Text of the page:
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03 Nov 2020

Call on UNODC to end partnership with China's NSC

On Tuesday 3 November Safeguard Defenders filed an appeal with the United Nations Office on Drugs and Crime (UNODC) to review a memorandum of understanding (MOU) signed with China's National Supervision Commission (NSC), following mounting criticism of the NSC and its liuzhi system of detention from several UN bodies. This follows the submission for review of the most comprehensive report to date on China's NSC and its liuzhi, filed by Safeguard Defenders 23 August 2019 to nine Special Procedures. 


Ghada Fathy Ismail Waly,

Executive Director,

United Nations Office on Drugs and Crime (UNODC)


Subject: United Nations and China (NSC) agreement on combating corruption


Dear Ms. Waly,

Safeguard Defenders, an organization that protects human rights, promotes the rule of law and enhances the capacities of local civil society and human rights defenders in some of the most hostile environments in Asia, including in China, would like to draw your attention on the extreme danger posed by the memorandum of understanding signed on 17 October 2019 by your institution and China’s NSC on cooperation in combating corruption.

Under this new agreement, the United Nations Office on Drugs and Crime (UNODC) will share information and collaborate with China’s NSC. China is is notably seeking practical cooperation with the UN in the areas of fugitive repatriation, asset recovery, and the building of a 'clean Silk Road', according to China’s Chairman of the National Commission of Supervision (NSC, also known as National Supervision Commission), Yang Xiaodu. This non-judicial organ, which is also protected from lawsuits by citizens for violation of law, and is therefore above the law, operates a system under review by other UN organs for possible crimes against humanity, in the form of systematic and widespread use of disappearances. The secret detention system run by the NSC is called liuzhi.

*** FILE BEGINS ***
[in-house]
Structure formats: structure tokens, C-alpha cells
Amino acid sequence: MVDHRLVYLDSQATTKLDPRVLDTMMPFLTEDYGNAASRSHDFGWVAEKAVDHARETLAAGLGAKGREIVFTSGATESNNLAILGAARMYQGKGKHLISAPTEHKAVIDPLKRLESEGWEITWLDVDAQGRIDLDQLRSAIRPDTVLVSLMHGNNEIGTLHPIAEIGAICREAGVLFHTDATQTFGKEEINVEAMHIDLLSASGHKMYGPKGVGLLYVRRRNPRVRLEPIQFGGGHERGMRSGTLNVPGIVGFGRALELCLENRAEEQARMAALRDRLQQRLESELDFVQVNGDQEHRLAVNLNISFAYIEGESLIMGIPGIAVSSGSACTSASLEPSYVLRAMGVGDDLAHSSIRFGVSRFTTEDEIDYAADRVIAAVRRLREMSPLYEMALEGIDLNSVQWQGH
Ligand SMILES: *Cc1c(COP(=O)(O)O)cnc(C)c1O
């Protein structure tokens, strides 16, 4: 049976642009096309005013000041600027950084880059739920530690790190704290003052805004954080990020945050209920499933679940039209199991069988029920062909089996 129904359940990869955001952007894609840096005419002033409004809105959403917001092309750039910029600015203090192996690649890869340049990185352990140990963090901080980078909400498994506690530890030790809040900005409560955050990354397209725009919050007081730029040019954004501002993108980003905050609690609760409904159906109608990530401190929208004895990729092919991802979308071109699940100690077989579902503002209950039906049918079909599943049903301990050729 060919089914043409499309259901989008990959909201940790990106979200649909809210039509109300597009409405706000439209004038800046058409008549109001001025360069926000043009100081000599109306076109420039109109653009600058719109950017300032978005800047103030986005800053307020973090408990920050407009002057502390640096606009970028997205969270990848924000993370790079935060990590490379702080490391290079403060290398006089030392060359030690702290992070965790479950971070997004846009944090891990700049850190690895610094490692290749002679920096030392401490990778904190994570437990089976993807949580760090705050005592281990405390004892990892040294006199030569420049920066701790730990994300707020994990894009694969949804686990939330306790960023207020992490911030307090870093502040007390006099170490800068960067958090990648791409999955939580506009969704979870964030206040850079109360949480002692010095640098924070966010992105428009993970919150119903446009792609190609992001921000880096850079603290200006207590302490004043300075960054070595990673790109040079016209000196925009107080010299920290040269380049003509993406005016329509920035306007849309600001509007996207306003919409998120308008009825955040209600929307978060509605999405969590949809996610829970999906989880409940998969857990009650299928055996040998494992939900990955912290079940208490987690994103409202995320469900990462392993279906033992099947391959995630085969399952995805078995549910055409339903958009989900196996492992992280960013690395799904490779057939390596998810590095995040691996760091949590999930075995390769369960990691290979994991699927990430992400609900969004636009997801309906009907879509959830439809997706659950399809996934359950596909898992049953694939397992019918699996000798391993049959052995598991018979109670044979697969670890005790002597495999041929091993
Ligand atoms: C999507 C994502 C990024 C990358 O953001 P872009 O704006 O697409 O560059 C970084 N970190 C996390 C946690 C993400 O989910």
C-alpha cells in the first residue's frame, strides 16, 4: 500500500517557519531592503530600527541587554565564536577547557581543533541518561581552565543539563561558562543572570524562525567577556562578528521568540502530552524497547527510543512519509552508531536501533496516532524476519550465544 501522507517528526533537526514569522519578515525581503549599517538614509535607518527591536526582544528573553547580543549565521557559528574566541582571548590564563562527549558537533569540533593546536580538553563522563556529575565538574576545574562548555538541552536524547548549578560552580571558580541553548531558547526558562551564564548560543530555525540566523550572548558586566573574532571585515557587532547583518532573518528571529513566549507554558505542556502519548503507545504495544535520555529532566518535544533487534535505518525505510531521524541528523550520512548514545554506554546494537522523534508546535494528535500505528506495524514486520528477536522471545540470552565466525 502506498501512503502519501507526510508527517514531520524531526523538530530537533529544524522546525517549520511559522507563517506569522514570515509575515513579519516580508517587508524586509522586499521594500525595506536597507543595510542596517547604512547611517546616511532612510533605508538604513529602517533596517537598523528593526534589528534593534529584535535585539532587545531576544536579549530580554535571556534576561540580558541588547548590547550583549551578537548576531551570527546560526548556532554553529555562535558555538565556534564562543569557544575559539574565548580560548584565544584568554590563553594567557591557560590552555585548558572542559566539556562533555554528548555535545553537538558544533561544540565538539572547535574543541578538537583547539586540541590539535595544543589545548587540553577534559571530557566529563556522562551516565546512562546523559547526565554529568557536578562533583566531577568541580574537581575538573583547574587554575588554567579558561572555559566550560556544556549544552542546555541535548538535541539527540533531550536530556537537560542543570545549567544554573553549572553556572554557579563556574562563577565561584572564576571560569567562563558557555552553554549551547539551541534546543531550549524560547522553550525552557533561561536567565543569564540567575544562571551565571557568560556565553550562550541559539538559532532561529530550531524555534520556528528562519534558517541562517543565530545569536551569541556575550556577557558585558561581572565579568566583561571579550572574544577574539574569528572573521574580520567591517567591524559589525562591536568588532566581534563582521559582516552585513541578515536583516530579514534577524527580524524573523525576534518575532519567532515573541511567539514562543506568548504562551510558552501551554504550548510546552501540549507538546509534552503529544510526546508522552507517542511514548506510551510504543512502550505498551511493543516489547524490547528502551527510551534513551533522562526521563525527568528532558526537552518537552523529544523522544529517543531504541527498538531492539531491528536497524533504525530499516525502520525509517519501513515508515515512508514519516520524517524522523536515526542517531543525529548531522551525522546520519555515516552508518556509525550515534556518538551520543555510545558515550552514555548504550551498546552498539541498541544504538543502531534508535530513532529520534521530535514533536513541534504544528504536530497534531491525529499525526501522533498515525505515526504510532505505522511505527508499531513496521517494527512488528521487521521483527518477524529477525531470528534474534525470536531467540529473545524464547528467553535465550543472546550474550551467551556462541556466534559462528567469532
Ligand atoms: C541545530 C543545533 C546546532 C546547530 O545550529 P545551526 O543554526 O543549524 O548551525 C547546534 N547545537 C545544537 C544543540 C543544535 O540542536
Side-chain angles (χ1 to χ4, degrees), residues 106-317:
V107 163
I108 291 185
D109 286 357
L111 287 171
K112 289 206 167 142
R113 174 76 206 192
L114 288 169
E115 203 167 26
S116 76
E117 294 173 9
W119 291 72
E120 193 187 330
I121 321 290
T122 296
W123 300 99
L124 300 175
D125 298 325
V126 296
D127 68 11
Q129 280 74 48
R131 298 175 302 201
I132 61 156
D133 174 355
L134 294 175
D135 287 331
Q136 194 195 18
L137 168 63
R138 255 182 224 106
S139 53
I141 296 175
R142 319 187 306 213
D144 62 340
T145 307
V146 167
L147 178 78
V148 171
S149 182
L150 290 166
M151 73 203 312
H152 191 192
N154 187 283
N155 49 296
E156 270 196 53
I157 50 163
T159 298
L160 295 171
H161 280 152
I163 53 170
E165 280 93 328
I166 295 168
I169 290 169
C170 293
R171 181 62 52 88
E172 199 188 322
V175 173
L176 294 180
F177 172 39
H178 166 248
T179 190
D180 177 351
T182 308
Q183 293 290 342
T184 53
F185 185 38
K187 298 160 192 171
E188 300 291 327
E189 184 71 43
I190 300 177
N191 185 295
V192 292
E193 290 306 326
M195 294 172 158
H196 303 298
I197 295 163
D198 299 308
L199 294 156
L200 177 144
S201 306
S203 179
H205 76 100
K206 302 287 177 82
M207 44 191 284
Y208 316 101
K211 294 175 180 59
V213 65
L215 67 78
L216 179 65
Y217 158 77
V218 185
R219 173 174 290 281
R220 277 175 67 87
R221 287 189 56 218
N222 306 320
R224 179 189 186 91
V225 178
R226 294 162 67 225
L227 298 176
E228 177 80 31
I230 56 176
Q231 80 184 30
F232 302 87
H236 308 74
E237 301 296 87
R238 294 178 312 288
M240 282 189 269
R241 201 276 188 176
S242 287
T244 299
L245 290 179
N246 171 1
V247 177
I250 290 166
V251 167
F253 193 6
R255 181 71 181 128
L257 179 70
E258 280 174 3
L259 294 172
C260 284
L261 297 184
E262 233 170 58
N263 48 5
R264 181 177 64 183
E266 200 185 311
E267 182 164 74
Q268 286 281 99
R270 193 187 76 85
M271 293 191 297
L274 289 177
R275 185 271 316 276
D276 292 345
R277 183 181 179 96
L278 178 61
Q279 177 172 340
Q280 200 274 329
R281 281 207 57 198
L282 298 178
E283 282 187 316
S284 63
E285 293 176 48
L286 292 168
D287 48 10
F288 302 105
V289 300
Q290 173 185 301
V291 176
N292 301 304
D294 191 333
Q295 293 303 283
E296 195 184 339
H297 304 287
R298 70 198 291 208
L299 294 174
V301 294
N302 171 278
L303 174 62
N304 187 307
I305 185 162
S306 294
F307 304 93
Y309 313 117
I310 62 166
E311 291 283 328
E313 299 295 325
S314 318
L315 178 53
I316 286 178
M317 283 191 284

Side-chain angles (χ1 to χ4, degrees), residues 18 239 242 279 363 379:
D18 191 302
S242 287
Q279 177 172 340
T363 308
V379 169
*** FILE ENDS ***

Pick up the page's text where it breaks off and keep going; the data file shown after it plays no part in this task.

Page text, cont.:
On 23 August 2019, just before the International Day of the Disappeared, Safeguard Defenders filed a comprehensive report and review of China's liuzhi system under the NSC[1] to nine relevant UN Special Procedures. The comprehensive review highlighted Safeguard Defenders’ concerns on the systematic violations of human rights by the NSC in its so-called fight against corruption.

The report describes the liuzhi system, a revamped version of the former Shuanggui system, which not only targets party members, state functionaries and teachers, but also journalists, business people, local contractors, management at hospitals, universities, mass organizations and state-owned enterprises. Since the implementation of this system, anywhere from 16 to 76 people have been disappeared every single day. Liuzhi can be used for up to six months, with ‘suspects’ placed in secret facilities not part of the judicial system, always kept in solitary confinement, with no right to see a lawyer. There is no external appeal against being placed into liuzhi. The victim's location is kept secret, from both family members, and in case of a foreign national, from that persons’ government. The WGEID has repeatedly, and in no uncertain terms, concluded that such secret detentions are enforced or involuntary disappearances. Following the Universal Period Review of China most recently (2019), a letter from the High Commissioners to the Chinese government[2] called for the abolition of such practices.